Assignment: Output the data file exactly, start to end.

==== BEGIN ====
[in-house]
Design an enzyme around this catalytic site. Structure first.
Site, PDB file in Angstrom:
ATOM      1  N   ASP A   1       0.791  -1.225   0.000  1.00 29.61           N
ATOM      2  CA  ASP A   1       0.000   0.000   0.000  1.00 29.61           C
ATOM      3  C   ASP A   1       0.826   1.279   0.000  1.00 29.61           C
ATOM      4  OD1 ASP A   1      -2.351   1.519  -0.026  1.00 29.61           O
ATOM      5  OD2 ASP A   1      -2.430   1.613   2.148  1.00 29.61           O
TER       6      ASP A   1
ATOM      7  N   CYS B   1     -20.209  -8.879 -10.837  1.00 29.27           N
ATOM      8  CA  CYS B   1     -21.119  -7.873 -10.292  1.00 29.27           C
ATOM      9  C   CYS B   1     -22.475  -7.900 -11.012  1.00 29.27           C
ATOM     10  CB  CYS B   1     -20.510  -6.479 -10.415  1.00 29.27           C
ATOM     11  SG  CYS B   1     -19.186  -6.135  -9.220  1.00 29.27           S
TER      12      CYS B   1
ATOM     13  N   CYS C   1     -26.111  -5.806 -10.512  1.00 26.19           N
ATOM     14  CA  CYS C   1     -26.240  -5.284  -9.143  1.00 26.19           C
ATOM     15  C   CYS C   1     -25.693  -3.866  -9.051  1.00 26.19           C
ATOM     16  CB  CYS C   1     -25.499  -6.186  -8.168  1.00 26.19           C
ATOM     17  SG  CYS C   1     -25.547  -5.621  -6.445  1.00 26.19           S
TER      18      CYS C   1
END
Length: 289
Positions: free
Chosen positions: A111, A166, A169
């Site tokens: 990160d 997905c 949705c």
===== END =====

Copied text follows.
[in-house]
Design an enzyme around this catalytic site. Structure first.
Site, PDB file in Angstrom:
ATOM      1  N   ASP A   1       0.791  -1.225   0.000  1.00 29.61           N
ATOM      2  CA  ASP A   1       0.000   0.000   0.000  1.00 29.61           C
ATOM      3  C   ASP A   1       0.826   1.279   0.000  1.00 29.61           C
ATOM      4  OD1 ASP A   1      -2.351   1.519  -0.026  1.00 29.61           O
ATOM      5  OD2 ASP A   1      -2.430   1.613   2.148  1.00 29.61           O
TER       6      ASP A   1
ATOM      7  N   CYS B   1     -20.209  -8.879 -10.837  1.00 29.27           N
ATOM      8  CA  CYS B   1     -21.119  -7.873 -10.292  1.00 29.27           C
ATOM      9  C   CYS B   1     -22.475  -7.900 -11.012  1.00 29.27           C
ATOM     10  CB  CYS B   1     -20.510  -6.479 -10.415  1.00 29.27           C
ATOM     11  SG  CYS B   1     -19.186  -6.135  -9.220  1.00 29.27           S
TER      12      CYS B   1
ATOM     13  N   CYS C   1     -26.111  -5.806 -10.512  1.00 26.19           N
ATOM     14  CA  CYS C   1     -26.240  -5.284  -9.143  1.00 26.19           C
ATOM     15  C   CYS C   1     -25.693  -3.866  -9.051  1.00 26.19           C
ATOM     16  CB  CYS C   1     -25.499  -6.186  -8.168  1.00 26.19           C
ATOM     17  SG  CYS C   1     -25.547  -5.621  -6.445  1.00 26.19           S
TER      18      CYS C   1
END
Length: 289
Positions: free
Chosen positions: A111, A166, A169
């Site tokens: 990160d 997905c 949705c």